- The success of the U.S. government in persuading Japan to
liberalize the beef market is viewed as a relief to the U.S.
beef industry. The economic benefit (to the U.S. beef
producers!) of the trade liberalization however is yet to be
seen. The size of this benefit is determined, among others,
by (a) the net change in Japan's retail price due to the
liberalization, (b) the price elasticity of demand for the
U.S. beef in Japan, (c) the degree of price rise in the world
market, and (d) the export capacity of the domestic sector.
Availability of alternative beef sources and the degree of
substitutability between the U.S. beef and those alternatives
affect factor (b) and factor (d) depends on the extent to
which beef and other meat products substitute each other in
the domestic market both in production and consumption.
Evaluation of the U.S. - Japan Beef Market Access Agreement
(BMAA) therefore has become a high policy profile.
In the interest of assessing possible policy effects of
BMAA, several researchers have attempted to parameterize and
quantify the Japanese demand for beef. The fact that this
market is (a) semi-isolated from the rest of the world by
restrictive import quota, (b) managed domestically by
government parastatal, and (c) characterized by multi- and
intensely differentiated beef with no parallel historical data
has made the choice of economic theory and methodology
difficult. While most researchers (Group 1) relied on
conventional method [e.g. 55; 125], others (Group 2) 
contend that managed import market may better be explained by
a model of political nature. By assuming the usual
competitive market behavior, Group 1 underestimates possible
implications of existing market structure for building and
estimating conventional econometric models. Group 2, on the
other hand, limits itself to normative analysis. Due to the
absence of consensus among researchers regarding implications
of policy-relevant parameters, the desirability of the BMAA is
still an unsettled policy issue.
The general purpose of this study has been to generate
some further information on Japan's beef market. In pursuant
of this objective, an attempt is made to (a) show how
significant the beef quality issue is in evaluating that
market, (b) test the market equilibrium hypothesis, and (c)
upon the acceptance of the alternative (disequilibrium)
hypothesis, estimate the structural parameters from a model
specified in the light of imperfections in the market. This
fills the void in previous studies.
Drawing on existing literature, the beef quality
categories are shown to have been narrowing and, in fact,
converging to the two middle categories, medium and common
grades. It is suggested that future market studies may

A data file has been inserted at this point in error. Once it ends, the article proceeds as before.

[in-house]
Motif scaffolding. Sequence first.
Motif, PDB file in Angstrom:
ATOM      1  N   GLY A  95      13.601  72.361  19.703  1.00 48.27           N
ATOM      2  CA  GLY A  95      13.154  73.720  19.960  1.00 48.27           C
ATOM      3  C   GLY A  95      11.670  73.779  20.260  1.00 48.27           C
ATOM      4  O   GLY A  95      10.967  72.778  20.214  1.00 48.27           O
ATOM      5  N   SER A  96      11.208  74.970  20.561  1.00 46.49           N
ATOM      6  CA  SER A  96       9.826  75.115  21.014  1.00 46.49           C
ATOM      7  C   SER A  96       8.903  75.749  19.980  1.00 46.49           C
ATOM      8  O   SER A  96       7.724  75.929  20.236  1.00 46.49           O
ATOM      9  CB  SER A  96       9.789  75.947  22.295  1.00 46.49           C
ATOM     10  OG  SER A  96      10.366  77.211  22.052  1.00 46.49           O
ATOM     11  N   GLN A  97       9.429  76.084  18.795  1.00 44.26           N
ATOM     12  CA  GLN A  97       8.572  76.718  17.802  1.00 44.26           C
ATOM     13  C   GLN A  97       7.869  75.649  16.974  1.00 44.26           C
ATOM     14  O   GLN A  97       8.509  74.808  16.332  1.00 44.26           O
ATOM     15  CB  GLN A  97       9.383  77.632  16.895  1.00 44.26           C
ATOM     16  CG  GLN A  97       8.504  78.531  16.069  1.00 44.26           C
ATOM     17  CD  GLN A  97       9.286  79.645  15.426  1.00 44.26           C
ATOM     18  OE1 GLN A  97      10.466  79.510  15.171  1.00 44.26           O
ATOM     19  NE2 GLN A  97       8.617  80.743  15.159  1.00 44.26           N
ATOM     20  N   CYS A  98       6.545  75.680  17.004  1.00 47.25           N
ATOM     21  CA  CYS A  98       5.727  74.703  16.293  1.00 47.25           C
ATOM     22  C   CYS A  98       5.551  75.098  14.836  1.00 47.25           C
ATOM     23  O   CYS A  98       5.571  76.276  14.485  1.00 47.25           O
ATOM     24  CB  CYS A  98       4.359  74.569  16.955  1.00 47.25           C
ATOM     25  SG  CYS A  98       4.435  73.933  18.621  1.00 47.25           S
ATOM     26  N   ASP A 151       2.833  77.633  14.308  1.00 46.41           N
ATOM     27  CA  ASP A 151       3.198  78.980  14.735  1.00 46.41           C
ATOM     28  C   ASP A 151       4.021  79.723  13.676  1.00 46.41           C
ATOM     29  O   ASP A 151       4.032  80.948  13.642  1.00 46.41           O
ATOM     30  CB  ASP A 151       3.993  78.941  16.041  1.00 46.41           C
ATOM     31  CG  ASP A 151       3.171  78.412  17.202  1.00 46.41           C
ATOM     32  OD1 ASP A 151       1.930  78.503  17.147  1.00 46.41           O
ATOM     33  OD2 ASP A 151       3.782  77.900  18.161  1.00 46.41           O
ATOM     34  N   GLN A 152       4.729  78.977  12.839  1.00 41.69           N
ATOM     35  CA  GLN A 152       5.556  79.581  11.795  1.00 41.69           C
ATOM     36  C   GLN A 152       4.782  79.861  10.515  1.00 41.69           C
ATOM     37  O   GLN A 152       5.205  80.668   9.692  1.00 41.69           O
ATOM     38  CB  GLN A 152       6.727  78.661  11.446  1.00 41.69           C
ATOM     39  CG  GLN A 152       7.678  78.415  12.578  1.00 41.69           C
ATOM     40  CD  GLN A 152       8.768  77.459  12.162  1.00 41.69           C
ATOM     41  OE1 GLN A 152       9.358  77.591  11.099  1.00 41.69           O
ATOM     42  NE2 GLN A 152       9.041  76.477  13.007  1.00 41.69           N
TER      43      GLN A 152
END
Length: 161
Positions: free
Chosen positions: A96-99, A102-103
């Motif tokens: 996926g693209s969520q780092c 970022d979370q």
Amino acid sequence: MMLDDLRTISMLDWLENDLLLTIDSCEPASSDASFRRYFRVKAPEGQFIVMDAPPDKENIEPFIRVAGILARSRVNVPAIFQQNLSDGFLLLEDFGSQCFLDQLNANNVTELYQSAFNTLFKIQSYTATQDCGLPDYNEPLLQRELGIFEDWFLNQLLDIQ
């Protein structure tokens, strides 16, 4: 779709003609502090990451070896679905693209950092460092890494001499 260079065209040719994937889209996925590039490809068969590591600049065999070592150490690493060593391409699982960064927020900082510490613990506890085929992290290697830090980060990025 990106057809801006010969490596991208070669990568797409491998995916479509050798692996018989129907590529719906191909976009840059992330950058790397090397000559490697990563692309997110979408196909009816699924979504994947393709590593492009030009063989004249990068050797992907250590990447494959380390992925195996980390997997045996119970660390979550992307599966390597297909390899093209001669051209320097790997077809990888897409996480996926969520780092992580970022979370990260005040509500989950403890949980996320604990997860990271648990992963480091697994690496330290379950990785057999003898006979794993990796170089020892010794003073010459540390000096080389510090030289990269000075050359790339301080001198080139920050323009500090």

benefit from concentrating on these two grades in assessing
competitiveness and substitutability with domestic beef.
Understanding the nature of this convergence (i.e whether the
shift is attributable to changes in cost or preference
structure) may contribute to sound policy making.
Based on (a) increased concentration in production and
distribution sectors, (b) government intervention in beef and
related markets, (c) high degree heterogeneity in beef, and
(d) short-run supply inflexibility due to long fattening
period and restrictive import policy, the Japanese beef
market was hypothesized to have been in disequilibria due to
incomplete market information. In testing this hypothesis,
two data sets were used -Statistical Yearbook and the Family
Income and Expenditure Survey. For reference purposes, they
are referred to as Market I and Market II respectively.
The equilibrium hypothesis was tested for uniform and
upward and downward differential adjustment speeds. The
uniform adjustment rate estimated from the reduced form price
equation supports the hypothesis in both markets. The
structural equations were then adjusted in the light of the
imperfections in the market and structural parameters
estimated using non-linear three stage least squares.
Both upward and downward adjustment speeds in Market I
suggest perfect flexibility in prices on annual basis. In
Market II, prices are found to have been flexible downward but
rigid otherwise. The upward rigidity in prices suggest excess
demand. Perfect flexibility in prices on annual basis however
may not suggest market equilibrium in a period less than a
Consumers are found to be more price responsive than in
previous studies implying a greater response of the demand for
beef imports to changes in prices due to the liberalization
than envisaged by previous studies. The demand for beef
however is income inelastic suggesting a partial offsetting in
the incremental demand for imports. Finally, consumers
respond to changes in beef retail prices by consuming less
fish and poultry.